Collectors Boosting Vintage Sony Walkman Values

Collectors showing auction love for Sony’s portable players



Prices for vintage Walkman players selling online for more than $300

According to the Associated Press, the Walkman, the Sony cassette device that forever changed music listening before becoming outdated by digital MP3 players and iPods, has died. It was 31 years old.

Sony announced Oct. 25 that it has ceased production of the classic, cassette tape Walkman in Japan, effectively sounding the death knell of the once iconic, now obsolete device. The Walkman is survived by the Discman (still clinging to life) and ironic music listeners who think using a Walkman in this day and age is charmingly out of touch.

It will continue to be produced in China and distributed in the U.S., Europe and some Asian countries. Digital Walkmans are also being made with models that display lyrics and have improved digital noise-canceling technology.

So in this age of MP3 players, do-it-all smartphones and multitaskers like the iPad, is there still a place in collectors’ hearts for Sony’s retro portable players? The short answer? Sure looks like it. Just check out these eBay auction results in order from lowest to highest value.

Sony WM-EX90 Walkman10. $135.50 — Sony WM-EX90 Walkman. Starting off our countdown is a “for parts” entry, this time a fully loaded, cosmetically pretty model originally released in 1992.
“It is a one-of-a-kind Walkman with its flat layout that’s meant more for use on a desktop than the pocket,” the seller writes. “This unit would be a nice addition to your Walkman collection or great for daily use once fixed.”
This super-slim version boasts an LCD display, digital clock, full logic controls and also is remote capable, the seller said.

Sony Walkman WM-D6C Personal Cassette Player9. $151.43 — Sony Walkman WM-D6C Personal Cassette Player. As an adolescent in the ’80s, I can’t fathom an answer. “This is an unused present in perfect condition,” the seller writes. “It is cased and has the shoulder strap, both in mint condition.” However, there’s no AC adaptor or earphones. Guess that’s why it wasn’t ever used.

Sony Discman D-15 CD Player8. $152.50 — Sony Discman D-15 CD Player. Known overseas as the D-150, this player comes with the earphones and a U.K. 240-volt power adaptor (the original battery no longer holds a charge.) Here’s hoping that if an American bought it with plans to use it, he or she was smart enough to buy a converter from an electronics store before hitting play.

Sony Walkman WM-2

7. $155 — Sony Walkman WM-2. You can almost hear the ’80s calling when you look at this red model with a pearl finish. Too bad you’ll never get that copy of Blondie’s “Autoamerican” to play. This player powers up and the heads move if no tape is in place, but it locks up once a cassette is inserted, the seller said. This still makes for a fun display collectible, or it even could be used for parts.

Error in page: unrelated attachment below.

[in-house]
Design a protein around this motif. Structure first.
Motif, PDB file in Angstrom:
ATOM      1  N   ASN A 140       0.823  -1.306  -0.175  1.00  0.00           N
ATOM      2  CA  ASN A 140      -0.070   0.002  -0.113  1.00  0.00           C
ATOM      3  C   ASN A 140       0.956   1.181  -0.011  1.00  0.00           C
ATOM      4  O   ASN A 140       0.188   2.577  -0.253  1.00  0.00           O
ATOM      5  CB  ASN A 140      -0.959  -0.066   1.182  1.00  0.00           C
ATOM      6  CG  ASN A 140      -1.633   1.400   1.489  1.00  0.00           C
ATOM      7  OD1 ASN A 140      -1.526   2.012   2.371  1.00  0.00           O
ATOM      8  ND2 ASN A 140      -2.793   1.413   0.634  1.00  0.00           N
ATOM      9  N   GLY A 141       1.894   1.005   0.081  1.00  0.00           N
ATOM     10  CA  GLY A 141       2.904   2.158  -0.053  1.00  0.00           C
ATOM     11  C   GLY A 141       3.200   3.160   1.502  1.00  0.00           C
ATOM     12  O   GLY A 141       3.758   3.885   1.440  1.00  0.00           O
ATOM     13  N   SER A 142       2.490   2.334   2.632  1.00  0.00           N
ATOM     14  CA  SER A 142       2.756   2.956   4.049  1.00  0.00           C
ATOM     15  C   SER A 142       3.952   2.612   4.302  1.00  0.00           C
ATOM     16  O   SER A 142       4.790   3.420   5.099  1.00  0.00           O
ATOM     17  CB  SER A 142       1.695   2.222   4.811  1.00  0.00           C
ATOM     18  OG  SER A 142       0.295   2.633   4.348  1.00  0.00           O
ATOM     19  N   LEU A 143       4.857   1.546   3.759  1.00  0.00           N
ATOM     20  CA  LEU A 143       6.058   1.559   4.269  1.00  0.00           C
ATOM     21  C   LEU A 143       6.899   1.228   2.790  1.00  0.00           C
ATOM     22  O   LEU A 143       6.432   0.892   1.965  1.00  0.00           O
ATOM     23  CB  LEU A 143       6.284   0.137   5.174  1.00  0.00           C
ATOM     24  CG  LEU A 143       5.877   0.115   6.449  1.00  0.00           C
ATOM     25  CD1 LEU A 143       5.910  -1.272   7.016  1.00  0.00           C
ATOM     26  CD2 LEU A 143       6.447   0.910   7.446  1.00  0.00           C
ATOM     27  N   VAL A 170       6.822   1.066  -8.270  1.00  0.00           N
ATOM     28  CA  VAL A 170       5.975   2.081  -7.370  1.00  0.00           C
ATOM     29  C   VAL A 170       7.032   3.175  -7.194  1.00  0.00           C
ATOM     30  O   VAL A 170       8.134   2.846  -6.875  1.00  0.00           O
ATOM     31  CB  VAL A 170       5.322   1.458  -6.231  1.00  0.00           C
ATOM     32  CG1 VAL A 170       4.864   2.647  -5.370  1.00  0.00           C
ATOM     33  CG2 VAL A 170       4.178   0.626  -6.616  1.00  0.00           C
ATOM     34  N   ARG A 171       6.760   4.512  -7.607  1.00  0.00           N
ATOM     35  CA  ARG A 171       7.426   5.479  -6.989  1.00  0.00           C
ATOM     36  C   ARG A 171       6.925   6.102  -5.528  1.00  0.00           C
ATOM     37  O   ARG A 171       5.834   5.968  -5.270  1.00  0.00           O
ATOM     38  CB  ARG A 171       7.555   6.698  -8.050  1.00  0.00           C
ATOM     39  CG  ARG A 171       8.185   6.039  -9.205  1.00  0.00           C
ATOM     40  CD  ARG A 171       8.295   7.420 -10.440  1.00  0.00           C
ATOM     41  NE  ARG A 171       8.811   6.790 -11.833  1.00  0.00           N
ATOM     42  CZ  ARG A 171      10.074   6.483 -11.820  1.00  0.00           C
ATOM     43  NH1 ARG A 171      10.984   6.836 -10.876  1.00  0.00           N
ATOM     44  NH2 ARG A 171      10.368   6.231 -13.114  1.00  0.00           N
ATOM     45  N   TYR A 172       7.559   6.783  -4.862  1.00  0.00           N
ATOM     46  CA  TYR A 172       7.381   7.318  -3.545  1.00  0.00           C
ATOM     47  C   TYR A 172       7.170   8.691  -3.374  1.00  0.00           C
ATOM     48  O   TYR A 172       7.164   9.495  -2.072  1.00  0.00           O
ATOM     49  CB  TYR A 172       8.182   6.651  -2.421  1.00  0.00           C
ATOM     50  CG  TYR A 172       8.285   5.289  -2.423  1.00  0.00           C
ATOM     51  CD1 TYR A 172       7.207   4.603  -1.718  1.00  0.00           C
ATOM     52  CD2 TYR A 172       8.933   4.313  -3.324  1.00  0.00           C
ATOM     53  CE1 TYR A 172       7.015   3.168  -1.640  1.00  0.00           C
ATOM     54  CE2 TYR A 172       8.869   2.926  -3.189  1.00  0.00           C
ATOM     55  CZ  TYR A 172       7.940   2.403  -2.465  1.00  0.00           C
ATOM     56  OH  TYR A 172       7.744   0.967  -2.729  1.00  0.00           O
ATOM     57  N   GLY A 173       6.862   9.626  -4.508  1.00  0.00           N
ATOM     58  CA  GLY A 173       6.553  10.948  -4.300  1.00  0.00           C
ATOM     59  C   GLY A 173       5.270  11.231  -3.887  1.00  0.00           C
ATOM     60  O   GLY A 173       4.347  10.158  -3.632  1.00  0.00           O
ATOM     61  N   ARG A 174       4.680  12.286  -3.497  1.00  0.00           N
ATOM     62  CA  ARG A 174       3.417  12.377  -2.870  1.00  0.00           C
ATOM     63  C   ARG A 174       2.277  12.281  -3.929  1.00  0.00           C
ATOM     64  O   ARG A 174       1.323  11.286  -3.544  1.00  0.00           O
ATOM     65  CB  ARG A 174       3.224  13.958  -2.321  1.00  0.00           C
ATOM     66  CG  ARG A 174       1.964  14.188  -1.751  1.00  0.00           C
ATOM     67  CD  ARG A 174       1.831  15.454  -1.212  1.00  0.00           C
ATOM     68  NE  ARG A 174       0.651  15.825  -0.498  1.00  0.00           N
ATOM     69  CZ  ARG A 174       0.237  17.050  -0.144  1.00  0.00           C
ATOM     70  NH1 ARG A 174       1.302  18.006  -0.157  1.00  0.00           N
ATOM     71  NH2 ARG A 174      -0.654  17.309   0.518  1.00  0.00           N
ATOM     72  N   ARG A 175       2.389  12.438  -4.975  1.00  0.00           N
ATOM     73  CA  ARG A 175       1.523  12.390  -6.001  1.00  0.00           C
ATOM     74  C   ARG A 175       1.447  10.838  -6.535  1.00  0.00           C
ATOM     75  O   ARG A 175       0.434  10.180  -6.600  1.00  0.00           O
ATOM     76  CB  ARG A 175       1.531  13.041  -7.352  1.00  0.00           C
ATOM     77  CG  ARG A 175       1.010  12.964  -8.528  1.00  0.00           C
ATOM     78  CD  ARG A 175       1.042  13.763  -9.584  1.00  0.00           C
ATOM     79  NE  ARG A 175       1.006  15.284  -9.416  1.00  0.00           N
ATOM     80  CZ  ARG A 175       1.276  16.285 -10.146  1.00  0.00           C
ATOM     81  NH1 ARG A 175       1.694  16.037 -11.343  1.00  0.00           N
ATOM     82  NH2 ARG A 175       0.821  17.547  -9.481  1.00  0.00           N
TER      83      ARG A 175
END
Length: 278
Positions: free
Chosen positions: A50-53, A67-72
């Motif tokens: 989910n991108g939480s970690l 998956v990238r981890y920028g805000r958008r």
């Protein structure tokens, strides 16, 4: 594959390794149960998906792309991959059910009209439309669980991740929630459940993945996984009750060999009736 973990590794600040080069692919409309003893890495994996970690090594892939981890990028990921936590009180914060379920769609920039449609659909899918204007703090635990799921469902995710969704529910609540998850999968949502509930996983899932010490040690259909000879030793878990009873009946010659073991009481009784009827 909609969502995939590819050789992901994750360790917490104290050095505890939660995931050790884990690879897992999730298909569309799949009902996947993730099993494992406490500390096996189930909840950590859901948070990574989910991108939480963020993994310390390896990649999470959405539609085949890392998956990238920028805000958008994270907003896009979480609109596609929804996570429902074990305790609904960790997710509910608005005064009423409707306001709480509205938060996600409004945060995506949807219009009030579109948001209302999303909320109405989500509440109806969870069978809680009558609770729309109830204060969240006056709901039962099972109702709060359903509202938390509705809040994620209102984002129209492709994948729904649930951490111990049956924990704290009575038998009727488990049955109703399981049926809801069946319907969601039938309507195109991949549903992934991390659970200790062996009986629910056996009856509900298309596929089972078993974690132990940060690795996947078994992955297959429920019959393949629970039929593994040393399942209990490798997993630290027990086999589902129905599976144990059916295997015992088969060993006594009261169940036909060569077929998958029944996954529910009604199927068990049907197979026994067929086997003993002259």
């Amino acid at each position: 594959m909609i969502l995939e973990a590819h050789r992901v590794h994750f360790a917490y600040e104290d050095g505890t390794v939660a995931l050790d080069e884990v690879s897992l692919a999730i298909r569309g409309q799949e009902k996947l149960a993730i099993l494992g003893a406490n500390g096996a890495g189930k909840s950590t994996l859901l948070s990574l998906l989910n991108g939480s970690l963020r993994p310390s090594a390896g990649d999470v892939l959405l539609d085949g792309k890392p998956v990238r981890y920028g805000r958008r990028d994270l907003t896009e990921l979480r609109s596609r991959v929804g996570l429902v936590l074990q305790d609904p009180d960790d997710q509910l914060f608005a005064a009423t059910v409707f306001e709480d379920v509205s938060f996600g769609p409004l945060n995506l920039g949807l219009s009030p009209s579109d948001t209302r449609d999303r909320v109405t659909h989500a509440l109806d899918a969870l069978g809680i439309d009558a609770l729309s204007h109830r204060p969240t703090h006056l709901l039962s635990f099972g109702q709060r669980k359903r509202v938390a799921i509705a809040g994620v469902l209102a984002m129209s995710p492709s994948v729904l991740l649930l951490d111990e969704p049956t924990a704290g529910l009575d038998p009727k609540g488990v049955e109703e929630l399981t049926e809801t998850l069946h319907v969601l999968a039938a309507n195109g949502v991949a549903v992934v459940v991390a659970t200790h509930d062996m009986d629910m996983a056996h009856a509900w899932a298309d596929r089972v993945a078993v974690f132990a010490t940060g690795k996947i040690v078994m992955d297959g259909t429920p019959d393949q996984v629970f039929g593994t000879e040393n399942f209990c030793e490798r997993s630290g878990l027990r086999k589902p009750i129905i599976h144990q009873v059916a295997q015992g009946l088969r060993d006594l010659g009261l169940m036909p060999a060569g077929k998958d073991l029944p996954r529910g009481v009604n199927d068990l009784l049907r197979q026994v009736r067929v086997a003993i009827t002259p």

Sony Walkman WM-106. $158.51 — Sony Walkman WM-10. This WM-10 model, which boasts an all-metal chassis, was acquired from the bottom drawer of an executive desk at an estate sale and appears to have had little, if any, use. It comes with the belt loop holder and straps, and appears to be in excellent cosmetic condition, as evidenced by the large collection of photos accompanying the listing.
Anyone else hear a big “but” coming?
“I have tried to play a cassette tape in it, but nothing happens,” the seller writes. “When I put in a battery, the battery light does not come on. The battery compartment and cover are in nice shape, but the AA battery may not be making a good connection. The unit and screws are way too small for me to attempt to take apart. I will leave that up to you guys that know what you are doing. I do not have a power adapter that goes down to 1.5 volts, so the unit is being sold as is.”
And, there it is.
Folks, if you can find a way to earn $158 by selling something that doesn’t work, by all means, do it.

Sony Walkman WM-105. $171.50 — Sony Walkman WM-10. Hmm … Maybe those Sony Walkman WM-10s aren’t as rare as our sellers would like you to believe! Nineteen bids were exchanged on this lot, which came with the carrying case, belt clip and straps. “Lovely cosmetic appearance and get this … it works!!” the seller wrote. 

Sony Walkman WM-104. $179.99 — Sony Walkman WM-10. Up next is another one of those so-called rare WM-10 models. Here’s the third one in a row. This one from 1983 is in working condition and includes the original headphones, instruction manual, belt clip and carrying strap, but has a tiny dent near the “Sony” writing.

Sony Walkman WM-10
3. $250 —Sony Walkman WM-10. And yet another “unicorn.” Touted by the seller as a rarity and as the smallest cassette player ever made — only as big as a cassette box in size —this vintage beauty found a home despite missing its strap and original headphones.

Sony Walkman D50 CD player2. $285 — Sony Walkman D50 CD player. This first-generation, cherry-red model was introduced in 1984 — wow, has it really been that long since CDs first came along? It hasn’t been used for more than 20 years, but still works perfectly and comes complete with an AC adaptor/line out accessory attachment and is “perfect for display or use,” the seller says.

Silver-plated 10th anniversary Sony Walkman

1. $346.90 — Silver-plated 10th anniversary Sony Walkman. This player is one of 2,000 made, it’s in mint condition, it’s never been used and it’s still got all the packaging, which pretty much guarantees it’ll rule the auction roost.



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Resources

•  Classic Walkman Museum
•  The history of the Walkman
•  As the Walkman retires, Sony rewires

Check out this retro commercial for the “new” Super Walkman


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